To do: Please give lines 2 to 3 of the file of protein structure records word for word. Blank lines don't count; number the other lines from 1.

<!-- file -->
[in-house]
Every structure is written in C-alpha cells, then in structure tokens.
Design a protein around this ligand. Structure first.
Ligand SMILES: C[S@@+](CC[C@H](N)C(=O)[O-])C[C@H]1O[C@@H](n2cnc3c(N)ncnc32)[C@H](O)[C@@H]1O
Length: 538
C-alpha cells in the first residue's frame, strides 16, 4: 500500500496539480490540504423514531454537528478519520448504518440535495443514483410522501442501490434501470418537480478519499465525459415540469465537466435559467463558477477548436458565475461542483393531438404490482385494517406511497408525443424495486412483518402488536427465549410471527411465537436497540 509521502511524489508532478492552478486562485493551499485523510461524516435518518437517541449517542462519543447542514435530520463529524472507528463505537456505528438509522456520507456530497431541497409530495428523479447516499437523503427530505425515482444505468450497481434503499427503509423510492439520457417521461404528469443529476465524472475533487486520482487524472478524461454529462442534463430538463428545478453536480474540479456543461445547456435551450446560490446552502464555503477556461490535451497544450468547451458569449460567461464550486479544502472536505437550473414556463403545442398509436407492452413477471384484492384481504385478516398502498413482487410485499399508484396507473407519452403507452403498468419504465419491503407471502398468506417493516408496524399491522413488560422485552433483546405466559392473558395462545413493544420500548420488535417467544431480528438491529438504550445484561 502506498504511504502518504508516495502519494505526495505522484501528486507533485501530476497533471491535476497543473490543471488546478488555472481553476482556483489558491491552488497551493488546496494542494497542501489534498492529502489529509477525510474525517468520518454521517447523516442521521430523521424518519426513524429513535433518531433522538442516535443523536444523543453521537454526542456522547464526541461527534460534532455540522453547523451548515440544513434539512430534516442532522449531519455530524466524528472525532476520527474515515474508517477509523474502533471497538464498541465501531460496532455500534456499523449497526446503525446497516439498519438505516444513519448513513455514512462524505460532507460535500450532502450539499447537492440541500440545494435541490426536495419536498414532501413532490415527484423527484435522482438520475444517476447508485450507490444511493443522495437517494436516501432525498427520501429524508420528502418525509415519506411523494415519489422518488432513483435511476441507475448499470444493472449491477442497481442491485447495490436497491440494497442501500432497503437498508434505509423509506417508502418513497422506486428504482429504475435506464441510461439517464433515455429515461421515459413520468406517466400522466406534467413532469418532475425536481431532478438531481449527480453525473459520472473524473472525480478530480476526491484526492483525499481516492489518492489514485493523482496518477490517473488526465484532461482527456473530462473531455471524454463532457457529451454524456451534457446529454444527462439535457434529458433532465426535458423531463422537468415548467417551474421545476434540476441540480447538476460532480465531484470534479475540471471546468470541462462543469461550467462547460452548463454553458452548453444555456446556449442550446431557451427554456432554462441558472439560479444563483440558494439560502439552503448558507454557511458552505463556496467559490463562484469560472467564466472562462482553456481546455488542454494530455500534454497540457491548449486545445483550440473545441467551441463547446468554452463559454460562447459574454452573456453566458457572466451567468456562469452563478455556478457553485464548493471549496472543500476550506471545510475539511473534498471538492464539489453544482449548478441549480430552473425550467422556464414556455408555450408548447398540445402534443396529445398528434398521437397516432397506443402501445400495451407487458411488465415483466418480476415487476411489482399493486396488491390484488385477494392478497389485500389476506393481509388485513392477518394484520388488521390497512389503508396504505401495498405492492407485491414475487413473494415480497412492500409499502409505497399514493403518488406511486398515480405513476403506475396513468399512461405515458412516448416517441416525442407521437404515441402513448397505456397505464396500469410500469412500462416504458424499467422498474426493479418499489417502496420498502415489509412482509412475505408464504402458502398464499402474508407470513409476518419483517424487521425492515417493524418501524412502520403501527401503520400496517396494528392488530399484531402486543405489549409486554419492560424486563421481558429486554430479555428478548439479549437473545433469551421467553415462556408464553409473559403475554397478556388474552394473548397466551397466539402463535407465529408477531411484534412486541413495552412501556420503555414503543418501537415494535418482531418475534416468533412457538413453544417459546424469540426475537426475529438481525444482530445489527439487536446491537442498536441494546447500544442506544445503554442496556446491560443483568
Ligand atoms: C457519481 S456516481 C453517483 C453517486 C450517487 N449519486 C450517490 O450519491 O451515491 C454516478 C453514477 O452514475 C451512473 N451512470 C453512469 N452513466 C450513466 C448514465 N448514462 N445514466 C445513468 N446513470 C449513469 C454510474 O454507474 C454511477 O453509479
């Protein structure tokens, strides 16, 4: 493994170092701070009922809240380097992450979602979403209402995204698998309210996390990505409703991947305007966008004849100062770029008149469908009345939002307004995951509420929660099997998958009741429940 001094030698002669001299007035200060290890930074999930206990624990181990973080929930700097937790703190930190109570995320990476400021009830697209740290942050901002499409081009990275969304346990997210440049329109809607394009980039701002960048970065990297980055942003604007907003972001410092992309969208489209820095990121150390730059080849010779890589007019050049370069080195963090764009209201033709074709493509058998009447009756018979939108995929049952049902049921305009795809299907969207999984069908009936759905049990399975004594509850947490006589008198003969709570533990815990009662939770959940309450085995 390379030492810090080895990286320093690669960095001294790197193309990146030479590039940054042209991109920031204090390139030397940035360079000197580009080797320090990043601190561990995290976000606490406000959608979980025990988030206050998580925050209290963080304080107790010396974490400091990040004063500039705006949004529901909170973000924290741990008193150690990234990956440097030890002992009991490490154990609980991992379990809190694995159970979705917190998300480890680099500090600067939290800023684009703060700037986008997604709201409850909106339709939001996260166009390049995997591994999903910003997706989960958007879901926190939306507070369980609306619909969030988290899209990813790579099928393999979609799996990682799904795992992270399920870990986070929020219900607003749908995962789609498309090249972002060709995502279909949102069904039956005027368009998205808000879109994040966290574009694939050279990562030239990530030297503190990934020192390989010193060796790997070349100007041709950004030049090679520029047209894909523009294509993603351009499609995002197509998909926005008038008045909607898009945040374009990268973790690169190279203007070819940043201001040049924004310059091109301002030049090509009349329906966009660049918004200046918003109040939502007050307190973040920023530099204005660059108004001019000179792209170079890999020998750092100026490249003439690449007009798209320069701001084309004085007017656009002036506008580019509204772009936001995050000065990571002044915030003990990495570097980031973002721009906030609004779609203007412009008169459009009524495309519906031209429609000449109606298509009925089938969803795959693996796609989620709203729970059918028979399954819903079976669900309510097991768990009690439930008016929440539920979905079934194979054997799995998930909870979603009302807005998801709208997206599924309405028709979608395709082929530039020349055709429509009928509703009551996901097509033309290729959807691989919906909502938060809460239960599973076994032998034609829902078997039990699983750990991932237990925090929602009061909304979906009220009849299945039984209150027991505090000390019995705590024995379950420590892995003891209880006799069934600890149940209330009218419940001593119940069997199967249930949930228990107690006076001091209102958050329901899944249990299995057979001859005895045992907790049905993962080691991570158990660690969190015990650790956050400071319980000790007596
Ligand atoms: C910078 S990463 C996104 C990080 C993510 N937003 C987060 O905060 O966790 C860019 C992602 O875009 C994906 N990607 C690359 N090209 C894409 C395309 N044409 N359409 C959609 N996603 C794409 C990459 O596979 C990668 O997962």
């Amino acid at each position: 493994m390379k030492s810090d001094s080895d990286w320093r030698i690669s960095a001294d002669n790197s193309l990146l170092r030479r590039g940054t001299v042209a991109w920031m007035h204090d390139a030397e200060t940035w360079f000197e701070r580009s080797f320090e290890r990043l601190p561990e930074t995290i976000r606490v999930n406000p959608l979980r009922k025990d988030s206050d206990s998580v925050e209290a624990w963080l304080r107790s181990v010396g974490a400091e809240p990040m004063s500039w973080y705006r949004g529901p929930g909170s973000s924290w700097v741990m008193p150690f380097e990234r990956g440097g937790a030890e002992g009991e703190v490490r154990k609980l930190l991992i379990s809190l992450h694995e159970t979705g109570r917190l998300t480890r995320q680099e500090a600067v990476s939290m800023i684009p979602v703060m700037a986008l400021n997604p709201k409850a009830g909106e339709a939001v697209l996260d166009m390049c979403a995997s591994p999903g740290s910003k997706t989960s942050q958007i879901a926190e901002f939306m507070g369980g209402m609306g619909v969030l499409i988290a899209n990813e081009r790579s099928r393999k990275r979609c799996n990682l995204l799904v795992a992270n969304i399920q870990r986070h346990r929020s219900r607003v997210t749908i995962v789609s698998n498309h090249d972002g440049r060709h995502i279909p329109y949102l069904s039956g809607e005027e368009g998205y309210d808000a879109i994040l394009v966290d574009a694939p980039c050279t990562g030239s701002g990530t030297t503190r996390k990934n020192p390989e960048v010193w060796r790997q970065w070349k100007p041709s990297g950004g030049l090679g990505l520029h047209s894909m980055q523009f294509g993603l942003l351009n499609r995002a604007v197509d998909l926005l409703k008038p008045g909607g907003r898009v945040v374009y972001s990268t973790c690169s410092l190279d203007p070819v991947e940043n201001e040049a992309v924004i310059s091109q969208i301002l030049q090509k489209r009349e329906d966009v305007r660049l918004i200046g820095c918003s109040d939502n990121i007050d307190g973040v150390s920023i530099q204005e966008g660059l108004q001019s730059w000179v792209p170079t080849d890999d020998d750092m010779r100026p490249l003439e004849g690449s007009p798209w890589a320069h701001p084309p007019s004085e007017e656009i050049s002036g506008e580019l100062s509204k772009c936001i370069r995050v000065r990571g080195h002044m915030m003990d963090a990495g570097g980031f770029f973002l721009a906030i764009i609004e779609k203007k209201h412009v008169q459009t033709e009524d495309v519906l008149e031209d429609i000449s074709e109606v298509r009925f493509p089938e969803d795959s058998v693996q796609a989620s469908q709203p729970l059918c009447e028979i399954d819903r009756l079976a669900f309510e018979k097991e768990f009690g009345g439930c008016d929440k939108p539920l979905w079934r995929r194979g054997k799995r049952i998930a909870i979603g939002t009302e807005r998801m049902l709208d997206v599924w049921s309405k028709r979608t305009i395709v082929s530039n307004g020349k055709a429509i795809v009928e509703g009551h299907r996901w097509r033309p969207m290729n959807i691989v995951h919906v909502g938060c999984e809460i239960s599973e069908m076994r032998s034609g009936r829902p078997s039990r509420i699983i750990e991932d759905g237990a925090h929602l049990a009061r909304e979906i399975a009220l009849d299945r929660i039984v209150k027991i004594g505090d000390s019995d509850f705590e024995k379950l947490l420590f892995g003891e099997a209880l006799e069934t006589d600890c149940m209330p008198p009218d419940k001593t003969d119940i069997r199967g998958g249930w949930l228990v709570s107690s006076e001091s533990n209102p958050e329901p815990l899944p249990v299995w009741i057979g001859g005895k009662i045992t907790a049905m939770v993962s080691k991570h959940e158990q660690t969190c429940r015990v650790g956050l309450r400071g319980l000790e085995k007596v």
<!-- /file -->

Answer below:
Every structure is written in C-alpha cells, then in structure tokens.
Design a protein around this ligand. Structure first.